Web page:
Please Participate: We sent out periodic emails with instructions and timelines for taking action. We ask that you contact committee heads that are reviewing and making recommendations on whether or not these bills are passed. If you are not a member and wish to be on the list, please email admin@AcuSocietyMA.org.
Dan Delaney our lobbyist at ddelaney@delaneypolicygroup.
Naomi Alson, ASM Legislative Task Force at email@example.com
Amy Mager, ASM Legislative Task Force at firstname.lastname@example.org
Members of the ASM at the Statehouse
Related research findings
- Acupuncture Fact Sheet
- Mandated Benefit Review of Bill 3972: An Act Relative to the Practice of Acupuncture – Center for Health Information and Analysis (CHIA), April 2015 http://www.chiamass.gov/assets/Uploads/MBR-H3972-Acupuncture.pdf
- Acupuncture for chronic pain: an update and critical overview Current Opinion in Anaesthesiology published ahead of print July 2017.
- Summary of Research on Insurance Coverage of Acupuncture and Complementary Medicine from Washington state and NY – Carol Krieger, RN, BSN, Lic.Ac., MAOM
- Evaluating the Cost Effectiveness and ROI of Acupuncture – Deborah Farley, L.Ac., CHHC
- Florida Medicare Study: Cost Savings with Acupuncture for Chronic Pain – Health Management Associates
MassHealth Regulations for Acupuncturists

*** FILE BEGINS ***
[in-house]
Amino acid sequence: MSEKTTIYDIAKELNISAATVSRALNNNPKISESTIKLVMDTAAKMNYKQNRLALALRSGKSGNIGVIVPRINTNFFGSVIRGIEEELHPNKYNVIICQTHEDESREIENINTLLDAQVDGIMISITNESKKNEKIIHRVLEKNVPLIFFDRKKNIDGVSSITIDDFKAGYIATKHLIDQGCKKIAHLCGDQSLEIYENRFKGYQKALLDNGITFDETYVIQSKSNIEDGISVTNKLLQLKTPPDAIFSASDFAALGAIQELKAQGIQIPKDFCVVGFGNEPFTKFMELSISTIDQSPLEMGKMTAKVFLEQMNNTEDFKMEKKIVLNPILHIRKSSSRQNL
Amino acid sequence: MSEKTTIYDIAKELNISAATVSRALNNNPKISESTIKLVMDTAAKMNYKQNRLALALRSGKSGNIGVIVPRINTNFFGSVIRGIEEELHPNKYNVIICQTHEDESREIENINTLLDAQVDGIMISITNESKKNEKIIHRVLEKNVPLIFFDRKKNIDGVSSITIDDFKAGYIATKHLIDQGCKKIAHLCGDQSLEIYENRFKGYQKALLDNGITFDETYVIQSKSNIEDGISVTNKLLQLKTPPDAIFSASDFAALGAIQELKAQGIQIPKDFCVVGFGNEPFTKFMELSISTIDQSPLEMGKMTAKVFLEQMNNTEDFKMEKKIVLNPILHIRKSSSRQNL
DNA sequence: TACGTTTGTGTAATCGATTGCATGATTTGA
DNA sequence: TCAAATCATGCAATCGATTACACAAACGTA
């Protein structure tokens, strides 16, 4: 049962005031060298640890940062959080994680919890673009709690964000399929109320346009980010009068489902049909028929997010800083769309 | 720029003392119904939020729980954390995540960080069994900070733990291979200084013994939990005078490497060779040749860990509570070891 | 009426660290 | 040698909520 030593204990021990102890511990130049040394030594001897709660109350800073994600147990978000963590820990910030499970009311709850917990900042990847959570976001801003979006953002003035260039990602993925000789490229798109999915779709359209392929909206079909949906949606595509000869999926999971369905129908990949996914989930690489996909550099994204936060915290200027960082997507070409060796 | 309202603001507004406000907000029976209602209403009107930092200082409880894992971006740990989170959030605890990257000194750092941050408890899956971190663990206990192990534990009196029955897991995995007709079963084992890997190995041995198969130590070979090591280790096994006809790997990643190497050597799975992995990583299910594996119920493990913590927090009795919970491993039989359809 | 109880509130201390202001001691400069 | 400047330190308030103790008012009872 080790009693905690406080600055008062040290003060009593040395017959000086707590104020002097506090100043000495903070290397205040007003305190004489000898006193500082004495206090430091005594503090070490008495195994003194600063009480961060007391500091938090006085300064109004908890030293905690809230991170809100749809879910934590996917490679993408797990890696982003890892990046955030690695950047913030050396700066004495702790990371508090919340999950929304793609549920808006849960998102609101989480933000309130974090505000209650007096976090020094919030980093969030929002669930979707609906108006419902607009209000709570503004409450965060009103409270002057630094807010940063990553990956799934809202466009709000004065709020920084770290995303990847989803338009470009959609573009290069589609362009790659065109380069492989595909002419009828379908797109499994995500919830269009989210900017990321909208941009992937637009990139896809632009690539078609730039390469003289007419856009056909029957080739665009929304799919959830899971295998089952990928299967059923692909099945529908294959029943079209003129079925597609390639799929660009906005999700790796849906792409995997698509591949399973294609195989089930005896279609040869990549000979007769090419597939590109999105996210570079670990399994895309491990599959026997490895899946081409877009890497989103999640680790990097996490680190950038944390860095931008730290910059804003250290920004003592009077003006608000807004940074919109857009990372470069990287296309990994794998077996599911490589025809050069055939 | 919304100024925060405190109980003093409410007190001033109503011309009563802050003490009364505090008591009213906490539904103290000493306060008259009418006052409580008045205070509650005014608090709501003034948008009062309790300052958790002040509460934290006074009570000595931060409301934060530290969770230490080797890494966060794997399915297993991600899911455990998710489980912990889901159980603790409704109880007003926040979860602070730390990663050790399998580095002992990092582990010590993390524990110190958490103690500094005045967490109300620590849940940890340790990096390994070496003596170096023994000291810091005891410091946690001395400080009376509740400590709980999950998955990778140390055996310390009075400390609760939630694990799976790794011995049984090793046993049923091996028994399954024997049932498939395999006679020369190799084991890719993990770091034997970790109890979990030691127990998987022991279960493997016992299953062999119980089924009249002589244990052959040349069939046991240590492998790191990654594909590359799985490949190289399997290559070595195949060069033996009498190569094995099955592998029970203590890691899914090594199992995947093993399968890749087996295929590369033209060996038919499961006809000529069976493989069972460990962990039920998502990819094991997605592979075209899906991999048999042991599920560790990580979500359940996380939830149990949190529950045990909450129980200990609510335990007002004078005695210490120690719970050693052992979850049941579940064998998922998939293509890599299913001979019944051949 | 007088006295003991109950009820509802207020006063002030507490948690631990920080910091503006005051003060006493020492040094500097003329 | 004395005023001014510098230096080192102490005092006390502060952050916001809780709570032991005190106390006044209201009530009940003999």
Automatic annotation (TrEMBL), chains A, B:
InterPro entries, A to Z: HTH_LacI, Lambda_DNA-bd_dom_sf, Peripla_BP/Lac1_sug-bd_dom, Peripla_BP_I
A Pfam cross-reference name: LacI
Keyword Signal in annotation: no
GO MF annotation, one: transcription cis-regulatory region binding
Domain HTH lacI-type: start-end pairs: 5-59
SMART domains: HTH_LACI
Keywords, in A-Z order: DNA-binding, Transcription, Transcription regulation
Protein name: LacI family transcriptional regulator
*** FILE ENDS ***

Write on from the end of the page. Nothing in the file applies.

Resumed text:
Some History of the Work the ASM Has Been Doing
As of January 2014, regulations went into place which allow acupuncture visits to be covered for those individuals enrolled in the state’s MassHealth program.
Under the regulations acupuncture can be provided in three locations: acute care settings, community centers and physician offices. Most often patients cannot make use of these services due to the regulation stating that acupuncturists need physician referral, supervision and billing. Acupuncturists have never been supervised in this way. MassHealth did not permit acupuncturists to enroll as providers, but instead only reimbursed them through a supervising MD.
As an organization we understand that the overwhelming majority of acupuncturists are independent practitioners and are not employed by MD’s, clinics or acute care outpatient hospitals.
The ASM reviewed the statute with an attorney and went to work making phone calls, sending letters, and providing testimony to legislative committees. The goal is to change some of these regulations so that they are better suited to acupuncturists, their practices, and ultimately their patients, including working with MassHealth to ensure that payments to acupuncturists are uniformly fair and appropriate to our work.
When this statute was reopened the department reached out to the ASM and we have participated in meetings over the last few years voicing important issues and needed changes.
A few of our recommendations included the need to cover evaluation and management (E&M) and to make that payable on the same date as acupuncture services.
We felt triumphant in November 2021 when we learned that MassHealth would soon allow “acupuncturist” as a new provider type starting on Jan 22, 2022.
Watch for updates via our eNewsletters and our news blog
Below are the three pieces of regulations in both the full version as well as just the sections that are pertinent to acupuncturists.